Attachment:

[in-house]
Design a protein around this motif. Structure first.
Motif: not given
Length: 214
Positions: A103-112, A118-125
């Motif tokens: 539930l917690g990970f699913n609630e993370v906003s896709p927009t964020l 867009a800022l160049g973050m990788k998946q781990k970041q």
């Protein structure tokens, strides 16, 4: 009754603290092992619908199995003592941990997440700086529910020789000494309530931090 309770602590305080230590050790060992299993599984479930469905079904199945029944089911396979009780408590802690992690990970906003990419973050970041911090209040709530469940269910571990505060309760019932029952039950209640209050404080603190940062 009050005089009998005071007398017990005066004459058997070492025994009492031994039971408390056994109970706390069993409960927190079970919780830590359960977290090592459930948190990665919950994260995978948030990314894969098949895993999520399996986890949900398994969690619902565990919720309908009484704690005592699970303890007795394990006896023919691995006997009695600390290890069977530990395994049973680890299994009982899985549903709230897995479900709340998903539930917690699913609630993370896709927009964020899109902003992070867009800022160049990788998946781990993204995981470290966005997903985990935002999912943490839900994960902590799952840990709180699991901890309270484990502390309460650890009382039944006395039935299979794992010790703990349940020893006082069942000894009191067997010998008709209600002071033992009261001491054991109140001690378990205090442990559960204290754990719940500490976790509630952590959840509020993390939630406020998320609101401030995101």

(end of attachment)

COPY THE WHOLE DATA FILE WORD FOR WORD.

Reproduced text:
[in-house]
Design a protein around this motif. Structure first.
Motif: not given
Length: 214
Positions: A103-112, A118-125
């Motif tokens: 539930l917690g990970f699913n609630e993370v906003s896709p927009t964020l 867009a800022l160049g973050m990788k998946q781990k970041q």
């Protein structure tokens, strides 16, 4: 009754603290092992619908199995003592941990997440700086529910020789000494309530931090 309770602590305080230590050790060992299993599984479930469905079904199945029944089911396979009780408590802690992690990970906003990419973050970041911090209040709530469940269910571990505060309760019932029952039950209640209050404080603190940062 009050005089009998005071007398017990005066004459058997070492025994009492031994039971408390056994109970706390069993409960927190079970919780830590359960977290090592459930948190990665919950994260995978948030990314894969098949895993999520399996986890949900398994969690619902565990919720309908009484704690005592699970303890007795394990006896023919691995006997009695600390290890069977530990395994049973680890299994009982899985549903709230897995479900709340998903539930917690699913609630993370896709927009964020899109902003992070867009800022160049990788998946781990993204995981470290966005997903985990935002999912943490839900994960902590799952840990709180699991901890309270484990502390309460650890009382039944006395039935299979794992010790703990349940020893006082069942000894009191067997010998008709209600002071033992009261001491054991109140001690378990205090442990559960204290754990719940500490976790509630952590959840509020993390939630406020998320609101401030995101």